The UK may be perilously close to a recession, businesses may be closing and the city may be deep in the doldrums, but there is one segment of the finance industry that’s still booming. No matter the economic headwinds, the Bank of Mum and Dad seems to do booming business nonetheless.
According to statistics released this week, relatives are funding a higher proportion of property purchases than ever before. This year, the total amount of such lending is expected to reach £8bn, and then grow again to £10bn by 2025. At this rate, I wouldn’t blink if it reached £20bn or more by the end of the decade.
But while it’s easy enough to understand why parents want to help their children, the increasing importance of the familial hand-out is contributing to huge divides in society, draining retirement resources and helping to further tie up capital that could be used more productively.
The Bank of Mum and Dad, and the housing market that gives rise to it, is becoming a huge drag on the economy. The only way we can fix this is by finally summoning up the political will to build more houses.
Parents – and the occasional wealthy aunt or uncle for the very lucky – have been helping to get young people started on the property ladder for generations. Yet until relatively recently, that hand up was seen as something restricted to the wealthy upper-middle classes, not dissimilar to sending children to private schools.
While parental assistance might have been a bit more common than that – between a quarter and a fifth of buyers from 1970 to 2004 had help from their parents – it certainly wasn’t the norm. After all, very few people had a spare £10,000 or so lying around to help a kid or two buy their first home.
Over the last two decades, however, that has changed. Family help to buy has become a completely critical component of the property market, and by extension the wider economy as well.
In 2023, relatives are expected to contribute some £8.1bn to help young people buy properties. That money will help close almost half of all purchases by the under 55s, with total lending up 50pc on 2020 and the average sum given reaching almost £26,000.
Large chunks of the British property market seem now to be dependent on intergenerational transfers to keep moving. Take that away, and things will seize up.
It’s not particularly hard to understand why it’s happening. There’s nothing more natural in the world than wanting to help your children or grandchildren get on in life. It’s usually a force for good, motivating people to build up capital, and look after it sensibly.
And at least it recycles some of the £8.7 trillion the UK has locked up in housing wealth – £7 trillion after mortgage debts – between generations.
Yet we also shouldn’t kid ourselves that there’s anything healthy or natural about an economy that has become utterly dependent on older relatives doling out chunks of money. In fact, there are three big problems with the dominance of the Bank of Mum and Dad.
First, it’s contributing to an increasingly wide divide in society between those who can and those who can’t afford to buy property. If one half of the population is getting £26,000 handouts for the deposit on their first home while the other half is not, then huge numbers of people will be finding themselves locked out of homeownership. There is nothing to be celebrated about that.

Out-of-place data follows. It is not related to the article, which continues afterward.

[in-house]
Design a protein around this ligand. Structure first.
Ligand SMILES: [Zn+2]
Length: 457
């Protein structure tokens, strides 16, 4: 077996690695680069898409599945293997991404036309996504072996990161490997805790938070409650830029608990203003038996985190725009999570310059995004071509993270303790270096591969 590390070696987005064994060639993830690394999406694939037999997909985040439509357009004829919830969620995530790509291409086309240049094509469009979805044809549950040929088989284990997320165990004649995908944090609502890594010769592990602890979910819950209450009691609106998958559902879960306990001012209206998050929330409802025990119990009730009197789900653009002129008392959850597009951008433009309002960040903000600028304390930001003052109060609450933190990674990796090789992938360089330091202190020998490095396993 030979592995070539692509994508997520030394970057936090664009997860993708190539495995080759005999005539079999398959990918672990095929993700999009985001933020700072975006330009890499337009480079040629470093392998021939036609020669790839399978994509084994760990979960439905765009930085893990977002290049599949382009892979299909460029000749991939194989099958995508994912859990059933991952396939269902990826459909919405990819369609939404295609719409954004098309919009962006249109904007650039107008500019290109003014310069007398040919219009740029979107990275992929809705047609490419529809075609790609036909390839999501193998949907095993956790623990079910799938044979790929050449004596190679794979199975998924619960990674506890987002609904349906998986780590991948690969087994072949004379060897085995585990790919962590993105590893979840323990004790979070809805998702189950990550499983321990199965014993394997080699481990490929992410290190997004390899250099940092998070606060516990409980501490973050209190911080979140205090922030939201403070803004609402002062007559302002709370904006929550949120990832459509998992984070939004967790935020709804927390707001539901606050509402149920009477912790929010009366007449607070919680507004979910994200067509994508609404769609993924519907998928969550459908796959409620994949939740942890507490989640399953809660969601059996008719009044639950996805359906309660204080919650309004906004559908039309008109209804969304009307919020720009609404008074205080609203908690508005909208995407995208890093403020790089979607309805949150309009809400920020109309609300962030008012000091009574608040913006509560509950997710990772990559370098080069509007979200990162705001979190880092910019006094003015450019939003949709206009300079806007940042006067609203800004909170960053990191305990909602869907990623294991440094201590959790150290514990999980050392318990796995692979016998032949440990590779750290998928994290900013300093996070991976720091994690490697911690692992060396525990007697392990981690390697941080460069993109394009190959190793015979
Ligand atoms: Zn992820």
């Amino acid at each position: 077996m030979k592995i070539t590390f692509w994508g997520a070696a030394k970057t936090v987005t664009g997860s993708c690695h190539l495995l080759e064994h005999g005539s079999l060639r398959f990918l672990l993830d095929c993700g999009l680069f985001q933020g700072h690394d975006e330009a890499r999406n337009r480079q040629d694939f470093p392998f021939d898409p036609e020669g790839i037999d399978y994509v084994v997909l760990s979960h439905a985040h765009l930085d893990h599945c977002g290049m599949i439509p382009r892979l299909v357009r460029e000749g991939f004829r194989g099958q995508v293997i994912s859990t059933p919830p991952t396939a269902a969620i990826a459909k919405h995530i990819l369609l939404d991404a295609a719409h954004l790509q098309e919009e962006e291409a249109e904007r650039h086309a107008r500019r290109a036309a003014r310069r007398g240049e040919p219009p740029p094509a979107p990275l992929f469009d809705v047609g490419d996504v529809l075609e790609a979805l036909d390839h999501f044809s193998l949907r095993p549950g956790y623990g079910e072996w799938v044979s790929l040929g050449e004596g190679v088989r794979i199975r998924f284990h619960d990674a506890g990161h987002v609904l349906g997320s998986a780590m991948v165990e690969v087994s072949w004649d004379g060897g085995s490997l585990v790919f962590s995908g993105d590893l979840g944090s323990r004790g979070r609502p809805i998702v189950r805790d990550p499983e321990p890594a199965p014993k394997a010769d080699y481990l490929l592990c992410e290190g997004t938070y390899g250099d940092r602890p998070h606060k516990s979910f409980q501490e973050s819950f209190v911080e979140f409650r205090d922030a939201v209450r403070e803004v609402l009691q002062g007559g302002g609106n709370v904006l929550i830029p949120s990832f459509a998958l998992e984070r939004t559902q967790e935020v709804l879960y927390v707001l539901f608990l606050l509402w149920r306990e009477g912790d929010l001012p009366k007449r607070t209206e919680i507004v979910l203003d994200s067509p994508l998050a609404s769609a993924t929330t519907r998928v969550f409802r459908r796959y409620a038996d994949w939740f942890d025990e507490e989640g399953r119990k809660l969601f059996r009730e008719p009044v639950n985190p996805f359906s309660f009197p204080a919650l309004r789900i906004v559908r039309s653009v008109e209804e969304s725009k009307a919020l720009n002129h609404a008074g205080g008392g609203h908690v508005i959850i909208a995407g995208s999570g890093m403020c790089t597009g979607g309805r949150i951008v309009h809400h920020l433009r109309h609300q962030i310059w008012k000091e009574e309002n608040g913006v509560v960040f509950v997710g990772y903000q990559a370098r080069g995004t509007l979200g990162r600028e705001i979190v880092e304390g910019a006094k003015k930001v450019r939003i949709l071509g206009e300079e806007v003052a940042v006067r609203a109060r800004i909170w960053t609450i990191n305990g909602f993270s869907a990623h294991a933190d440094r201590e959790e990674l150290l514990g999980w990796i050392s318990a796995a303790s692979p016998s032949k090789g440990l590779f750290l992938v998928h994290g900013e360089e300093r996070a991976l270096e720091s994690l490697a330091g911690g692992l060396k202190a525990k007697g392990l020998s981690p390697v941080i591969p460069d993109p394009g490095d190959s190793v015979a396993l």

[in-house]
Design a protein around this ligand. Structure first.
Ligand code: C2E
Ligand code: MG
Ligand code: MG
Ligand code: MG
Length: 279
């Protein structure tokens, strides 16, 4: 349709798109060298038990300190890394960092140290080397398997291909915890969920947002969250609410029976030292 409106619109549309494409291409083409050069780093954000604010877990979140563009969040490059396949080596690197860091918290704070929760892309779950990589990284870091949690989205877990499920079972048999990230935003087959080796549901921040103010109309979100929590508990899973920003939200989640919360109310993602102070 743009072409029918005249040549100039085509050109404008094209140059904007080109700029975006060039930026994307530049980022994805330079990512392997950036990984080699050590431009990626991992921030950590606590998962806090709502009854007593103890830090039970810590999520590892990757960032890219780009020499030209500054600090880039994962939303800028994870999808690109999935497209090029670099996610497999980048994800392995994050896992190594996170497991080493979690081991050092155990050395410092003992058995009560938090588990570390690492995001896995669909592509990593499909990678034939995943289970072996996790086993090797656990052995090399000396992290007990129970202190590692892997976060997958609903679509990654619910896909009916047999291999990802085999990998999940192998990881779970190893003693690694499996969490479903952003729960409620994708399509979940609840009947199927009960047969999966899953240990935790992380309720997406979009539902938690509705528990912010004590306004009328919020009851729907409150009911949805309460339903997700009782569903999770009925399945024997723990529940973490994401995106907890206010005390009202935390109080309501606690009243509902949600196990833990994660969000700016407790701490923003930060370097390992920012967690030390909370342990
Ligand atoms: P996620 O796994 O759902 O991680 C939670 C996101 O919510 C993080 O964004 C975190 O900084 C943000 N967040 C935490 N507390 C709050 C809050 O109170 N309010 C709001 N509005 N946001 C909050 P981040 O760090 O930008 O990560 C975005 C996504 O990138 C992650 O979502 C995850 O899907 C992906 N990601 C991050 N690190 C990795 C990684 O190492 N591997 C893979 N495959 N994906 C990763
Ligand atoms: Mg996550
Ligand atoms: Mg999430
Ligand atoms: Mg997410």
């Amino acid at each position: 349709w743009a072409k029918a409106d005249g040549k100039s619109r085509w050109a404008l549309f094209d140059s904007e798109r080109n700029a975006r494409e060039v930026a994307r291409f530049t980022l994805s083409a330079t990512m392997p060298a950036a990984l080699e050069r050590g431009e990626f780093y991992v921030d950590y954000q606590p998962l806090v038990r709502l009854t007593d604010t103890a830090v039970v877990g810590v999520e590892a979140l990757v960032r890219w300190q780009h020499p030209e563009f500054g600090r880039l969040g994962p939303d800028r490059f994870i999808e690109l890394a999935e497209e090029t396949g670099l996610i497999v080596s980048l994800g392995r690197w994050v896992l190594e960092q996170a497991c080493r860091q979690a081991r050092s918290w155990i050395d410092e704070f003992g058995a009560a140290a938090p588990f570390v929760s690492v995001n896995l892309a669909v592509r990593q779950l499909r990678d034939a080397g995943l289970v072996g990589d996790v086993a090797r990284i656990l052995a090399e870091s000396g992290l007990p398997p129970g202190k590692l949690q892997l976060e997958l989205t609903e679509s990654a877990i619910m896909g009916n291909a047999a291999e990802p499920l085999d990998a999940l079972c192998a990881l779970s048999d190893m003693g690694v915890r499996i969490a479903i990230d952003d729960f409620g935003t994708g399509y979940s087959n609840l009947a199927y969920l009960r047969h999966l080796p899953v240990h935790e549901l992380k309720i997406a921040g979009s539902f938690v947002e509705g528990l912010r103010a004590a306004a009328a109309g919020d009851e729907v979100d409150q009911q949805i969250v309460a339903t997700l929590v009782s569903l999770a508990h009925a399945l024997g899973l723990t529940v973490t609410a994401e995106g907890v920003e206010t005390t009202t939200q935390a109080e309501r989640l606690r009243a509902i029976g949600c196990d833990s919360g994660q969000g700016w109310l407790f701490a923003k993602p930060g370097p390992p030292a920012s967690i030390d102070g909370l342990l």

As Mrs Thatcher quite rightly recognised back in the 1980s, homeownership is not just about having a place to live. It creates a stake in a prosperous, free market economy, it encourages hard work and responsibility and it allows people to build up personal wealth.
Anyone who holds down a steady job should be able to buy a home. If we restrict it to people with well-off grandparents or parents, we will destroy aspiration and ambition.
Next, it drains retirement savings. People are living longer, and medical treatments are getting more and more expensive, while the triple-lock on pensions has become a bigger and bigger strain on the public finances.
And yet at precisely the time when we should be making sure older people can look after themselves financially we are using their money to keep the property market afloat.
Many people look into equity release loans on their own homes in order to help their children buy theirs. In turn, that may well mean having no money left to pay for a care home. It is crazy.
Finally, and perhaps worst of all, it continues the cycle of locking up capital in housing, when we could be directing investment towards the real economy instead.
Just imagine the impact it would have on the British economy if the £8bn going towards buying apartments were directed to entrepreneurs or small businesses looking to scale up their operations? Instead, all we’re doing is keeping house prices artificially high.
The Left will no doubt soon start arguing that we need restrictions on the Bank of Mum and Dad, arguing for controls on gifts, or even more plausibly trying to replace inheritance tax with a levy on any capital transferred from one person to another. All that will do is make the problem even worse.
The real issue is the UK’s dysfunctional property market, which has become a huge drag on both the economy and society, and the only fix for that is to finally start to build more homes.
We may well have to start contemplating some genuinely radical changes to make that happen: rethinking the green belt would be a good start, so that we can expand our most productive cities; so would scrapping judicial review for planning to prevent local activists from using the courts to delay projects for years; and mandating local councils to free up a lot more land for development, and to do so a lot more quickly.
However it gets done, until the UK works out how to unblock its planning system and start building more it will be impossible to start growing again – and the Bank of Mum and Dad will keep on getting raided.
Culled from The Telegraph